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dc.contributor.authorHorstman, Erik M.en_NZ
dc.contributor.authorLundquist, Carolyn J.en_NZ
dc.contributor.authorBryan, Karin R.en_NZ
dc.contributor.authorBulmer, Richard H.en_NZ
dc.contributor.authorMullarney, Julia C.en_NZ
dc.contributor.authorStokes, Debra J.en_NZ
dc.contributor.editorMakowski, Christopheren_NZ
dc.contributor.editorFinkl, Charles W.en_NZ
dc.date.accessioned2018-11-19T23:34:11Z
dc.date.available2018en_NZ
dc.date.available2018-11-19T23:34:11Z
dc.date.issued2018en_NZ
dc.identifier.citationHorstman, E. M., Lundquist, C. J., Bryan, K. R., Bulmer, R. H., Mullarney, J. C., & Stokes, D. J. (2018). The dynamics of expanding mangroves in New Zealand. In C. Makowski & C. W. Finkl (Eds.), Threats to Mangrove Forests: Hazards, Vulnerability, and Management (pp. 23–52). Springer. https://doi.org/10.1007/978-3-319-73016-5en
dc.identifier.issn2211-0577en_NZ
dc.identifier.urihttps://hdl.handle.net/10289/12198
dc.description.abstractIn contrast to the global trend of mangrove decline, New Zealand mangroves are rapidly expanding, facilitated by elevated sediment inputs in coastal waters as a consequence of large-scale land use changes following European settlement. New Zealand mangroves are at the southern limit of the global mangrove extent, which limits the tree height of Avicennia marina var. australasica, the only mangrove species present. Mangroves in New Zealand thrive in the sheltered environments of infilling drowned river valleys with abundant supply of fine terrigenous sediments, showing various stages of mangrove succession and expansion dynamics. Bio-physical interactions and carbon dynamics in these expanding temperate mangrove systems show similarities to, but also differ from those in tropical mangrove forests, for instance due to the limited height and complexity of the mangrove communities. Likewise, ecosystem services provided by New Zealand mangroves deviate from those offered by tropical mangroves. In particular, the association of mangrove expansion with the accumulation of (the increased supply of) fine sediments and the consequent change of estuarine ecosystems, has provoked a negative perception of mangrove expansion and subsequently led to mangrove clearance. Over recent decades, a body of knowledge has been developed regarding the planning and decision making relating to mangrove removal, yet there are still effects that are unknown, for example with respect to the post-clearance recovery of the original sandflat ecosystems. In this chapter we discuss the dynamics of New Zealand’s expanding mangroves from a range of viewpoints, with the aim of elucidating the possible contributions of expanding mangroves to coastal ecosystem services, now and in the future. This chapter also reviews current policies and practice regarding mangrove removal in New Zealand and addresses the (un)known effects of mangrove clearance. These combined insights may contribute to the development of integrated coastal management strategies that recognise the full potential of expanding mangrove ecosystems.en_NZ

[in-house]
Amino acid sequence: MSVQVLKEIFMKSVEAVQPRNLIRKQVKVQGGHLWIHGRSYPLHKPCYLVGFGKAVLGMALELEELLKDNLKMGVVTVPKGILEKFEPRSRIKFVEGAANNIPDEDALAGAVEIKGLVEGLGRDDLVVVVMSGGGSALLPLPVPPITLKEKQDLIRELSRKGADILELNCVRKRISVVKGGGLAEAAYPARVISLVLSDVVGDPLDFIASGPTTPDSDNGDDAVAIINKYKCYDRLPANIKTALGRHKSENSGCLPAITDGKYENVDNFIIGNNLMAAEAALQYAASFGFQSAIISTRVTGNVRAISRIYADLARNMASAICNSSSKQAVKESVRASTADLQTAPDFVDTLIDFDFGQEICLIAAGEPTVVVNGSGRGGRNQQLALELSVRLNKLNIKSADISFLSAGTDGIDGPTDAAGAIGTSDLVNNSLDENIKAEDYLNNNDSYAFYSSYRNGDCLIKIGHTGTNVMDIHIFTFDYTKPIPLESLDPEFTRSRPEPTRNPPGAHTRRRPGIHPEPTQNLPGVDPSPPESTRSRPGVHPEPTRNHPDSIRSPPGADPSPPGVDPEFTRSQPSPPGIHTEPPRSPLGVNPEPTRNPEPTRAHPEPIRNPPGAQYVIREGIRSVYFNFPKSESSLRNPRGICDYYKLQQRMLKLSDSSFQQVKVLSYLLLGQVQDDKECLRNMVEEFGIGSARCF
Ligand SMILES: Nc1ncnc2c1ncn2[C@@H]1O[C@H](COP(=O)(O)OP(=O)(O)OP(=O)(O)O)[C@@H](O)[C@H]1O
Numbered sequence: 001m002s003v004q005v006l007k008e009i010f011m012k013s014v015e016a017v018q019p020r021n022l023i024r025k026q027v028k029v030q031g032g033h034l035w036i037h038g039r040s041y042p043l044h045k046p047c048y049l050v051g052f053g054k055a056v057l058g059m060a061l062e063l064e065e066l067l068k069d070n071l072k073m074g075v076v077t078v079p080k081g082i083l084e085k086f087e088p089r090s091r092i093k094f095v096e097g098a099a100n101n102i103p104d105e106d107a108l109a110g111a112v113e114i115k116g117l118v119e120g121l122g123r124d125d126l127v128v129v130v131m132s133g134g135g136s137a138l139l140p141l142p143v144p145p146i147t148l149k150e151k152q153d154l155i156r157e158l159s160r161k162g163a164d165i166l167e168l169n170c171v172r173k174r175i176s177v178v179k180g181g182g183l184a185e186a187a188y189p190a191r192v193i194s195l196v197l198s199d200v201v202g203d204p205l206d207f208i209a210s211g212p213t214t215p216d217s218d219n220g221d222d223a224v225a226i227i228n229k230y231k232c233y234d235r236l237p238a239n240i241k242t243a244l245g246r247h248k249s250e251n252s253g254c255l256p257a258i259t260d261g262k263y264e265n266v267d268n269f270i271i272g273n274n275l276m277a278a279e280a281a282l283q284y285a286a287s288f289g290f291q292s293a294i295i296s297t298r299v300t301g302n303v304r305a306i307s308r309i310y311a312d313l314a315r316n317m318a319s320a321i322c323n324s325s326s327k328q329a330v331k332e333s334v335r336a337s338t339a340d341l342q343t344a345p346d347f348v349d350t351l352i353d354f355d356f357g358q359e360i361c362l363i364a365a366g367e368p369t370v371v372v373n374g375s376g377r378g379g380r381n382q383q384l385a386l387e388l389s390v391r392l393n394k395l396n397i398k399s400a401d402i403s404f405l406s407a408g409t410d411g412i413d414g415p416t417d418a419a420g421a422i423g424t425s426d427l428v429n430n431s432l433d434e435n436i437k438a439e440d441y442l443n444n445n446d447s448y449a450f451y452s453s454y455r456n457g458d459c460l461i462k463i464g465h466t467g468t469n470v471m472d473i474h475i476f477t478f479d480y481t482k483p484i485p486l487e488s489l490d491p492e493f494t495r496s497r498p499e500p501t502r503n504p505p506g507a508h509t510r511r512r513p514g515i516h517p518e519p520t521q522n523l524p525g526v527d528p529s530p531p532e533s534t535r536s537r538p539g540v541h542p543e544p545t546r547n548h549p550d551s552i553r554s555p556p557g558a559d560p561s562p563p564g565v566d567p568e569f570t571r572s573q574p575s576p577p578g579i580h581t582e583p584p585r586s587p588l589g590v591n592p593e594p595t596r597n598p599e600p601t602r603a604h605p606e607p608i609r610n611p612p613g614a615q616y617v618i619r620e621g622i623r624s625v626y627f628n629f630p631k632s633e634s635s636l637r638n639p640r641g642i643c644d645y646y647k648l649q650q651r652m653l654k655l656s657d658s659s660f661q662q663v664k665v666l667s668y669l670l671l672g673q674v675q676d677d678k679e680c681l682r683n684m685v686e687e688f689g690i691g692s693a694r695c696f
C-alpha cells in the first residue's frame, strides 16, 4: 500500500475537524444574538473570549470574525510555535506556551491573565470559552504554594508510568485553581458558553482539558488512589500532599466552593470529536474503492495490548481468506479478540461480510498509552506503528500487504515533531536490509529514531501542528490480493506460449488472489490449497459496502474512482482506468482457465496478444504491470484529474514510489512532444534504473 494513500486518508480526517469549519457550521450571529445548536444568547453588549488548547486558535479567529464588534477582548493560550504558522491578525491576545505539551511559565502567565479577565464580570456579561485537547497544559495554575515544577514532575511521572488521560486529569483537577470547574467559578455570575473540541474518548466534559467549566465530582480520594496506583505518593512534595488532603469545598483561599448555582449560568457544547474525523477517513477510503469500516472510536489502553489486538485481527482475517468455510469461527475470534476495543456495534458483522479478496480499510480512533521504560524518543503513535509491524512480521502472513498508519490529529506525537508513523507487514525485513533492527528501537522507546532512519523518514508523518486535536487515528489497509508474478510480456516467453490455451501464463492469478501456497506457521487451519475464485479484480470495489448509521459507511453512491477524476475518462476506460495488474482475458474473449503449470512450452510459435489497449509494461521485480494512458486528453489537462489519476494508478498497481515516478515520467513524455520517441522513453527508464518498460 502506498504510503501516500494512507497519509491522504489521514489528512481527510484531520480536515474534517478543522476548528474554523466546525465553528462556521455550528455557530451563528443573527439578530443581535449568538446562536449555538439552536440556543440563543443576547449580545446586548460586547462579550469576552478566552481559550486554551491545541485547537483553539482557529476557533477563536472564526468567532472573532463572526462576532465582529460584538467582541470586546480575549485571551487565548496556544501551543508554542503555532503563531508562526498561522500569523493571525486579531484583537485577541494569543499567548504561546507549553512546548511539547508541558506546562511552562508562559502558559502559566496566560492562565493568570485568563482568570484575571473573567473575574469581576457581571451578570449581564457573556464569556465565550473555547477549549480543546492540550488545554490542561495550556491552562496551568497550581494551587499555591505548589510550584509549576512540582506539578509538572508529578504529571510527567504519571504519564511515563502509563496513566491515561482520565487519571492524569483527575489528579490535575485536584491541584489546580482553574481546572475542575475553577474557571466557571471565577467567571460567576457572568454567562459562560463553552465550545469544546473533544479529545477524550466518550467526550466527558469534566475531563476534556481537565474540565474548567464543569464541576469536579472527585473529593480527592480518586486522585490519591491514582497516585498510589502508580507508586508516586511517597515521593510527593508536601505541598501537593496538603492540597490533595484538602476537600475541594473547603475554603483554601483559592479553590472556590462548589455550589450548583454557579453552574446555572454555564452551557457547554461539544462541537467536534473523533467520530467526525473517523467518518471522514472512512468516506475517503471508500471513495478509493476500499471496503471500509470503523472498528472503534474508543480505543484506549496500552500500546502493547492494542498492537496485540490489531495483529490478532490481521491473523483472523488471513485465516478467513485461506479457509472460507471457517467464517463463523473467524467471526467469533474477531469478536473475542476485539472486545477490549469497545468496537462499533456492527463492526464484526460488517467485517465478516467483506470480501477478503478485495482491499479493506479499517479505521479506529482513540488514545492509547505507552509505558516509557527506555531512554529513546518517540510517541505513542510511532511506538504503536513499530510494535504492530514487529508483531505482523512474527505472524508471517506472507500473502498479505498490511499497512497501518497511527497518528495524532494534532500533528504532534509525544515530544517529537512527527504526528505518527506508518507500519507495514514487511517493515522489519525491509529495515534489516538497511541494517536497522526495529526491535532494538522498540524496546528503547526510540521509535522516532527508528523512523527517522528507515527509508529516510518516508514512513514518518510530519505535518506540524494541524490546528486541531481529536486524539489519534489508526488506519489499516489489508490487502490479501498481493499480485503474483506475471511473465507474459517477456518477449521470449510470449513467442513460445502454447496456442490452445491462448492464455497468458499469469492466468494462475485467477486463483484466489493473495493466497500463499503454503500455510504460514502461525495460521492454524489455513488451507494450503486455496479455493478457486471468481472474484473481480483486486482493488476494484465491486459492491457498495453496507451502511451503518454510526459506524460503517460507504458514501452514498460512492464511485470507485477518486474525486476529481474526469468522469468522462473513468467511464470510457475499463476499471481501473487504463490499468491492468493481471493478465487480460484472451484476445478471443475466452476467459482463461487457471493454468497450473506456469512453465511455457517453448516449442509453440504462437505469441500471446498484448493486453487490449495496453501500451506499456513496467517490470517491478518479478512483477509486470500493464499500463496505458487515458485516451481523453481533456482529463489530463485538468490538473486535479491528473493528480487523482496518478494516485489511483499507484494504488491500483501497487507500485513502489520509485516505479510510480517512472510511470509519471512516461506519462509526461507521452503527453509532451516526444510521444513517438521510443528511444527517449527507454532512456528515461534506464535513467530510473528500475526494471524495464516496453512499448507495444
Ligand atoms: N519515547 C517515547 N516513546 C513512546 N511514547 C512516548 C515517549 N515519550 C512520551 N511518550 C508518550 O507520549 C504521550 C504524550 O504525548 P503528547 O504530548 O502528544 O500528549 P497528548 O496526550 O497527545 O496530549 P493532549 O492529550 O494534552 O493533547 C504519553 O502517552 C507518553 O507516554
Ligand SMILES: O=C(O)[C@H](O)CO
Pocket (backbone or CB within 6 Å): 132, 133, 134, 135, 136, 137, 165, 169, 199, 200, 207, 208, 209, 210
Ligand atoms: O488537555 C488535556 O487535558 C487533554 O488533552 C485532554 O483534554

dc.format.extent31en_NZ
dc.format.mimetypeapplication/pdf
dc.language.isoen
dc.publisherSpringeren_NZ
dc.relation.urihttps://link.springer.com/chapter/10.1007/978-3-319-73016-5_2en_NZ
dc.rights©2018 Springer International Publishing Switzerland.This is the author's accepted version. The final publication is available at Springer via dx.doi.org/10.1007/978-3-319-73016-5
dc.subjecttemperate mangrovesen_NZ
dc.subjectAvicennia marinaen_NZ
dc.subjectmangrove expansionen_NZ
dc.subjectbio-physical interactionsen_NZ
dc.subjectcarbon dynamicsen_NZ
dc.subjectecosystem servicesen_NZ
dc.subjectmangrove removalen_NZ
dc.subjectmangrove managementen_NZ
dc.titleThe dynamics of expanding mangroves in New Zealanden_NZ
dc.typeChapter in Book
dc.identifier.doi10.1007/978-3-319-73016-5en_NZ
dc.relation.isPartOfThreats to Mangrove Forests: Hazards, Vulnerability, and Managementen_NZ
pubs.begin-page23
pubs.elements-id225689
pubs.end-page52
uow.identifier.chapter-no2


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